In a way, that’s the biggest part of the problem and what kept raising my eyebrows during the read - not the lack of drama (there’s plenty) but the lack of maturity. The cast began as depressed, self-absorbed chronic liars using erotic episodes and obsessive analytics to try to order their world and dammit if they don’t end up about the same way (with Darley being the sole exception). As Clea says towards the end: “Oh, isn’t it disgusting? When will we all grow up?”

On the other hand, it’s not so very much to complain of. Clea is consistent with volumes I-III in all the major ways, good and bad. It is still a moving work, it is uncertain of answers, still walks the knife-edge of melodrama, reads exquisitely, glitches over pretentious pseudo-philosophical babble and contains multitudes. The main focus is upon Darley’s relationship with Clea, of course, and it is the first time a couple in Alexandria have really been depicted enjoying one another’s company – boating, swimming, chatting and so on. "With Clea also the new relationship offered no problems, perhaps because deliberately we avoided defining it too sharply, and allowed it to follow the curves of its own nature, to fulfill its own design." Darley is the one who has changed the most, no longer dogged in pursuit of answers, willing instead to allow life to progress at its own pace and to offer solitude to those who need it. "This parting was… well, it was only like changing the bandages until a wound should heal."

And so I would conclude that, though somewhat less enjoyable than the first three, Clea is a worthwhile conclusion. Endings are hard to do well and in my opinion this one is reasonable, not excellent – four stars to the trio’s five. I would have preferred it more focused. But then I’m going to miss the language, now it’s over: "It is strange, too, to remember what a curious sea-engendered rapport we shared during that memorable summer. A delight almost as deep as the bondage of kisses – to enter the rhythm of the waters together, responding to each other and the play of the long tides. Clea had always been a fine swimmer, I a poor one. But thanks to my period spent in Greece I too was now expert, more than a match for her. Underwater we played and explored the submarine world of the pool, as thoughtlessly as fishes on the fifth day of the Creation. Eloquent and silent water-ballets which allowed us to correspond only by smile and gesture. The water-silences captured and transformed everything human in movement, so that we were like the coloured projections of undines painted upon these brilliant screens of rock and weed, echoing and copying the water-rhythms. Here thought itself perished, was converted into a fathomless content in physical action."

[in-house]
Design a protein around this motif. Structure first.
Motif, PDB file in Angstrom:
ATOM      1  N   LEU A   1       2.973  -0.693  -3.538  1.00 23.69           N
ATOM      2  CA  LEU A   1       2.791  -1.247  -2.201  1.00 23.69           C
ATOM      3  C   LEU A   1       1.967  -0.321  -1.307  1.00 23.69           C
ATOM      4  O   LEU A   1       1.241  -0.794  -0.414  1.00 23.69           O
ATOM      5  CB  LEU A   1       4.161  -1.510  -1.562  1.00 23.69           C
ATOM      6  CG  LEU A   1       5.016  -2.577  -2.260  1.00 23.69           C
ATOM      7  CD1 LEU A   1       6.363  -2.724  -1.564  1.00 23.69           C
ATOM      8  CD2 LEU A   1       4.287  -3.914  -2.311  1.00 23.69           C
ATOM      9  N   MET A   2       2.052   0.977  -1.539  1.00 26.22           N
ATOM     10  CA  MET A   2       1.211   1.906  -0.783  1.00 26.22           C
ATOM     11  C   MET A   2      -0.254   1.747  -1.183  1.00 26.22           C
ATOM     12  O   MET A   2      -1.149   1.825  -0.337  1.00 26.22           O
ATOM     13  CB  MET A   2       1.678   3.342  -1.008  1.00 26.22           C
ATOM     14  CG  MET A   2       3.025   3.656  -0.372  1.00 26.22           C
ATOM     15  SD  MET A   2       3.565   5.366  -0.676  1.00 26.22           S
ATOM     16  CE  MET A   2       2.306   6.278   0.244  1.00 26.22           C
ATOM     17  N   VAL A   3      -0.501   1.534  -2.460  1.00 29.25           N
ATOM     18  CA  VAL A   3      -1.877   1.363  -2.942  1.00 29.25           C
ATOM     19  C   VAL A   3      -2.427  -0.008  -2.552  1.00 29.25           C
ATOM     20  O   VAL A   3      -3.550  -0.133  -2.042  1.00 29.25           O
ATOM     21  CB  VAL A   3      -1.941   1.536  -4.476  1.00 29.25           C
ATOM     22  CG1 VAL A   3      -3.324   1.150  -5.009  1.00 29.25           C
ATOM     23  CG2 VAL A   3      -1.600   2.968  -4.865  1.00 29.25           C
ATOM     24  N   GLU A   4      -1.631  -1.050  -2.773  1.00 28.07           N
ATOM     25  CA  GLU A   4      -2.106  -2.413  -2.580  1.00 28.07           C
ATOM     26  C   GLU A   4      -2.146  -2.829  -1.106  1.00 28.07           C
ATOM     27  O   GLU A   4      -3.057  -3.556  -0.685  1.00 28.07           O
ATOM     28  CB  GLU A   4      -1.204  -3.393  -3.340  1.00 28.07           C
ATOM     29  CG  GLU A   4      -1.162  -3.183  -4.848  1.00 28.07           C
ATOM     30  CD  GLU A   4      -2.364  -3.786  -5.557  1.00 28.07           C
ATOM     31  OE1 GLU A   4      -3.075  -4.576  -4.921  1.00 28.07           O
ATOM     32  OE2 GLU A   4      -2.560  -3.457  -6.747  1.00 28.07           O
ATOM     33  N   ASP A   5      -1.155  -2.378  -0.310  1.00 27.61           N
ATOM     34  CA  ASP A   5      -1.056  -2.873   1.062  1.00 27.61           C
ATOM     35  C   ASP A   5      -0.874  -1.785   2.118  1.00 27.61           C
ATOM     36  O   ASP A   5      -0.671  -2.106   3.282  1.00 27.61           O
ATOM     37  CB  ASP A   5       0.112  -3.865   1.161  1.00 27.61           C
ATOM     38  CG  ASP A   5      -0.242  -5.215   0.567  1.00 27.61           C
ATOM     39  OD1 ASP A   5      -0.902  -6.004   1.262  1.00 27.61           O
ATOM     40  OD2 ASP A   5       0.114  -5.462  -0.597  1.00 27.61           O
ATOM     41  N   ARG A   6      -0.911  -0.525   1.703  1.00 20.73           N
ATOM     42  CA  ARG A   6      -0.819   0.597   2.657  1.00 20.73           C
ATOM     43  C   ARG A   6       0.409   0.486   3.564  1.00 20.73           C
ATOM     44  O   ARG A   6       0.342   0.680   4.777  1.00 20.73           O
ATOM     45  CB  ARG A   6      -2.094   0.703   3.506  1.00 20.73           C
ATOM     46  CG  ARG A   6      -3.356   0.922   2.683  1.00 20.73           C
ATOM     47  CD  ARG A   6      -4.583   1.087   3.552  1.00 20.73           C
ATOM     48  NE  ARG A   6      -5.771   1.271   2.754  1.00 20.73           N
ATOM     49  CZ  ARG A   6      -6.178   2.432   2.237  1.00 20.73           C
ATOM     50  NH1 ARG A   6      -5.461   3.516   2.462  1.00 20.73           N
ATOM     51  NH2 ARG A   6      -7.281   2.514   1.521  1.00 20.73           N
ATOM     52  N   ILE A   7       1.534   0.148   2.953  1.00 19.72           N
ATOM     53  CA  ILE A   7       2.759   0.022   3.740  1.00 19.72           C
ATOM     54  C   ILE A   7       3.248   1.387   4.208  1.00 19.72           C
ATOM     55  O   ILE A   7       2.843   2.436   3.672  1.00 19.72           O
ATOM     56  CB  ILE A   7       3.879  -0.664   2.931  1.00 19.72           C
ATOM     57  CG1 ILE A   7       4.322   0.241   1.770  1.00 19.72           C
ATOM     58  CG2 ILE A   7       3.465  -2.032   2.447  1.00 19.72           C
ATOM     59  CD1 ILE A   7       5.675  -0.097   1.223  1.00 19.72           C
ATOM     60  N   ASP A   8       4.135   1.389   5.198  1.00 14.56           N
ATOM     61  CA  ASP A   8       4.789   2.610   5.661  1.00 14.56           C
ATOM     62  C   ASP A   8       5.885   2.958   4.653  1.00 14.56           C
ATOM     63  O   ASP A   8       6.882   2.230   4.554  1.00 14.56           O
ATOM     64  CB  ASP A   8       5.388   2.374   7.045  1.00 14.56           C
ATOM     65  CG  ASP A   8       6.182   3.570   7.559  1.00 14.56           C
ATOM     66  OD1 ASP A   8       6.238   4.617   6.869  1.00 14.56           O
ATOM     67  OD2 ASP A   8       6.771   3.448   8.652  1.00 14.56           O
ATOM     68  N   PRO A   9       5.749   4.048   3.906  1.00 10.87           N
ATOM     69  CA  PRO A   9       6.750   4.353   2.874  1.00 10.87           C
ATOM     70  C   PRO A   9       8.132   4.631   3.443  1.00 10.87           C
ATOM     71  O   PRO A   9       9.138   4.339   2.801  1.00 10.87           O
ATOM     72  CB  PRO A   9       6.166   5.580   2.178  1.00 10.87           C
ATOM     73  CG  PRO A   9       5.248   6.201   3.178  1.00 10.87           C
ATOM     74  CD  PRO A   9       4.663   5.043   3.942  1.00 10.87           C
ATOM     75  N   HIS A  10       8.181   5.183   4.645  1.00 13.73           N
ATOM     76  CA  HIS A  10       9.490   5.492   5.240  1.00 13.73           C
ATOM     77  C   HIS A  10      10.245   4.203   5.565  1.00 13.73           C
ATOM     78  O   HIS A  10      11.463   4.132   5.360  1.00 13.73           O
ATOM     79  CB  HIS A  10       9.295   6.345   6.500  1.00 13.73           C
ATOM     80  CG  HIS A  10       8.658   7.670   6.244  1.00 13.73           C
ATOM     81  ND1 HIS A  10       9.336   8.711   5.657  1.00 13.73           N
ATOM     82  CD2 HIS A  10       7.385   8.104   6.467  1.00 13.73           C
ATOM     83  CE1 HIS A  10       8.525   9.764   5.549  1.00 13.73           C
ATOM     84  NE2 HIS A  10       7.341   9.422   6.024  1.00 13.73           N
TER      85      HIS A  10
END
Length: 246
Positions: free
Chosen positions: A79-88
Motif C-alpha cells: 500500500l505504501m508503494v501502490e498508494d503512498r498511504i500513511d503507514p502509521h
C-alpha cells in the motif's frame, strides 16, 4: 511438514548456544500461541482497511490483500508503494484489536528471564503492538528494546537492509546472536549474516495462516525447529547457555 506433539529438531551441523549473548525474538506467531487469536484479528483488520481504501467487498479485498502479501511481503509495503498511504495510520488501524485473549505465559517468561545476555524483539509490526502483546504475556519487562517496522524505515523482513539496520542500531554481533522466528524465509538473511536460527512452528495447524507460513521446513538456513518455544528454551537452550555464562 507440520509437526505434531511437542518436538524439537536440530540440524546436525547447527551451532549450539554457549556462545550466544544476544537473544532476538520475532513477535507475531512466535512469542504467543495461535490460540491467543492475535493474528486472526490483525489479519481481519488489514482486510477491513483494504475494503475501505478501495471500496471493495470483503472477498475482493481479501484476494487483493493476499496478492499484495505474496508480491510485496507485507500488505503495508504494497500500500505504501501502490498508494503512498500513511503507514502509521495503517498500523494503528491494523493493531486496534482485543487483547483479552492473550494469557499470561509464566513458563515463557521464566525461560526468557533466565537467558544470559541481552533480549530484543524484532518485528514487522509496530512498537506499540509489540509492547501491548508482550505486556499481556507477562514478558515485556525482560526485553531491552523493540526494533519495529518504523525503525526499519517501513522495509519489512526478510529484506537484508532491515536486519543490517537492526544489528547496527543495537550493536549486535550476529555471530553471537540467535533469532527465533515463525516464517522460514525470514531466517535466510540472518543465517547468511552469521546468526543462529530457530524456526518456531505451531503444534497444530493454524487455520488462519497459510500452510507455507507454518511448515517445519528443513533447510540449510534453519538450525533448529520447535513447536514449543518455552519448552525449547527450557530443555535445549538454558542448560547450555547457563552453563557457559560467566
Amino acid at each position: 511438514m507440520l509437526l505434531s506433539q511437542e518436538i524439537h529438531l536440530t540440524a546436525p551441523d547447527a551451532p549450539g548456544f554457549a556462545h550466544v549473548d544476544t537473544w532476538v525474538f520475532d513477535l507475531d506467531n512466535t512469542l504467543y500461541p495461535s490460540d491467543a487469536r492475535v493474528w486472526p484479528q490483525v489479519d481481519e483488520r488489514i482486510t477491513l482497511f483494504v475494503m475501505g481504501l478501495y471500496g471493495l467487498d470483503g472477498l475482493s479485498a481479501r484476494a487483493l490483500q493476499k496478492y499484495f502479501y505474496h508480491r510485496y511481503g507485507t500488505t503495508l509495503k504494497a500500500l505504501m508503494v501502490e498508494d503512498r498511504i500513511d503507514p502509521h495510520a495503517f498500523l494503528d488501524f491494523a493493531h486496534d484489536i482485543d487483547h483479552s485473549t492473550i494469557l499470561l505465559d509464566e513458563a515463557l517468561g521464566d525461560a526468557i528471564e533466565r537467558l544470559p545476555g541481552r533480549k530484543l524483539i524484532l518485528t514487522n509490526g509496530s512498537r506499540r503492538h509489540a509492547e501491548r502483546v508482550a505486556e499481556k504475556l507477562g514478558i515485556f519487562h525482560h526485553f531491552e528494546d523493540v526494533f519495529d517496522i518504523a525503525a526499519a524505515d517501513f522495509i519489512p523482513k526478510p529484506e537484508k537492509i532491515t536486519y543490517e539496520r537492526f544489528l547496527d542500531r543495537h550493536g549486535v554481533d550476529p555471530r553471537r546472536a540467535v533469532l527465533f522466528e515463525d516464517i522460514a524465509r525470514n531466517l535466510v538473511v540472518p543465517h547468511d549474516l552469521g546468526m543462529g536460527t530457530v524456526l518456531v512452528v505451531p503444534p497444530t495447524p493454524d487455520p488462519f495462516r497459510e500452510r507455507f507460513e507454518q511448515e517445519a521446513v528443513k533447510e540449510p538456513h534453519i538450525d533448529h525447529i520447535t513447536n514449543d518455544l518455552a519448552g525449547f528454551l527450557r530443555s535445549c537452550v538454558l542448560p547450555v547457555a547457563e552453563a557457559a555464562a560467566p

That can speak for itself. It’s been a strange reading experience and I’m exhausted but I’m glad I made the time for it.

http://pseudointellectualreviews.wordpress.com/2013/06/22/clea-lawrence-durrell/ ( )
  nymith | Jun 22, 2013 |
“Clea,” the fourth volume of Lawrence Durrell’s “Alexandria Quartet,” opens with several years having passed since the events of the first three volumes. Darley, the narrator, is living on a Greek island with the six-year-old illegitimate daughter Nessim fathered with Melissa. After running into Balthazar and his Inter-Linear, he eventually heads off for Alexandria again with the child, full of both trepidation and anticipation about the past and the people he knew there.

When Darley arrives in Alexandria, almost immediately he runs into his old artist friend Clea, and consummates a formerly Plutonic relationship, now that their circle of friends is unencumbered by the presence of Melissa, who has died, and Justine, who is under house arrest for the duration of the novel. More than in any of the others, this novel has several meta-fictional aspects: meditations on art, creativity, and the novel (especially as revealed with Pursewarden’s letters), and some of Clea’s ideas about painting. All of this is, as always in this tetralogy, tied in beautifully with Balthazar’s earlier analyses shot throughout the Inter-Linear.

Reading these four novels has been one of the more powerful set of experiences that I have recently had. Most readers will probably not enjoy this; it’s not action-packed and full of adventure. But if you admire writing that tries to capture the uniqueness of inner coruscating experience, the complexities of passion and romantic relationships, and realizes the inability to tell “the whole story,” even after nearly one thousand pages of trying, I hope you will appreciate this as much as I did. As I said in my review of “Mountolive,” I have simply run out of things to say about how much I loved this. Sometimes admiration must finish itself off in silence. ( )
  kant1066 | Jan 8, 2013 |